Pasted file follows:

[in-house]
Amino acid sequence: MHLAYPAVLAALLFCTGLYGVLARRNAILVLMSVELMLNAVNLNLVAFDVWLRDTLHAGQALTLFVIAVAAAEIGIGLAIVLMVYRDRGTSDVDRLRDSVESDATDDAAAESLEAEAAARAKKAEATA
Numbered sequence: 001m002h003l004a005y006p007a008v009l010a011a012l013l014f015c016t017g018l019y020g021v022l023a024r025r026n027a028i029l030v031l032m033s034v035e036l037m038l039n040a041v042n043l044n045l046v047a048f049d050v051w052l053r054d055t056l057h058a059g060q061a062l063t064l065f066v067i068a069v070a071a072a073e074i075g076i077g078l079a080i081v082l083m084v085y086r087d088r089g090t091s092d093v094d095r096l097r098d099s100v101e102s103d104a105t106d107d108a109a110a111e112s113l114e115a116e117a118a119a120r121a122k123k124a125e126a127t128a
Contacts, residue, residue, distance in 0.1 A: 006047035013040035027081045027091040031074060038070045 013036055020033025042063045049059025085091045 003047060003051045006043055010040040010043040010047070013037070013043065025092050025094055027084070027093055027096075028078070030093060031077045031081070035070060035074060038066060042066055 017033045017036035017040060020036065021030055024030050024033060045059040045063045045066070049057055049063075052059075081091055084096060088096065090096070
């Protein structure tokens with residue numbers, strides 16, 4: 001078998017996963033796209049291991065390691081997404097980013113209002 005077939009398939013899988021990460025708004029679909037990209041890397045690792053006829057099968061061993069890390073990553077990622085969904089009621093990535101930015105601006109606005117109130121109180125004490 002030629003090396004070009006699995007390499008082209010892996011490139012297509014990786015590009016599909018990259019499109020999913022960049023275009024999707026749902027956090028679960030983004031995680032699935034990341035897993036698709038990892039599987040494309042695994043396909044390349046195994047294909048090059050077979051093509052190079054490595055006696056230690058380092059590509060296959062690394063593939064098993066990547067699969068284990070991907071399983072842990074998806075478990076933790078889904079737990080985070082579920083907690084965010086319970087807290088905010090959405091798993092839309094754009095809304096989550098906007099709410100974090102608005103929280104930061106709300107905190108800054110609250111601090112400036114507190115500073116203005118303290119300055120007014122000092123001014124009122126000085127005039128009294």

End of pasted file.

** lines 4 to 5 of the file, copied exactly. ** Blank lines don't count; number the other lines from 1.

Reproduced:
Contacts, residue, residue, distance in 0.1 A: 006047035013040035027081045027091040031074060038070045 013036055020033025042063045049059025085091045 003047060003051045006043055010040040010043040010047070013037070013043065025092050025094055027084070027093055027096075028078070030093060031077045031081070035070060035074060038066060042066055 017033045017036035017040060020036065021030055024030050024033060045059040045063045045066070049057055049063075052059075081091055084096060088096065090096070
């Protein structure tokens with residue numbers, strides 16, 4: 001078998017996963033796209049291991065390691081997404097980013113209002 005077939009398939013899988021990460025708004029679909037990209041890397045690792053006829057099968061061993069890390073990553077990622085969904089009621093990535101930015105601006109606005117109130121109180125004490 002030629003090396004070009006699995007390499008082209010892996011490139012297509014990786015590009016599909018990259019499109020999913022960049023275009024999707026749902027956090028679960030983004031995680032699935034990341035897993036698709038990892039599987040494309042695994043396909044390349046195994047294909048090059050077979051093509052190079054490595055006696056230690058380092059590509060296959062690394063593939064098993066990547067699969068284990070991907071399983072842990074998806075478990076933790078889904079737990080985070082579920083907690084965010086319970087807290088905010090959405091798993092839309094754009095809304096989550098906007099709410100974090102608005103929280104930061106709300107905190108800054110609250111601090112400036114507190115500073116203005118303290119300055120007014122000092123001014124009122126000085127005039128009294």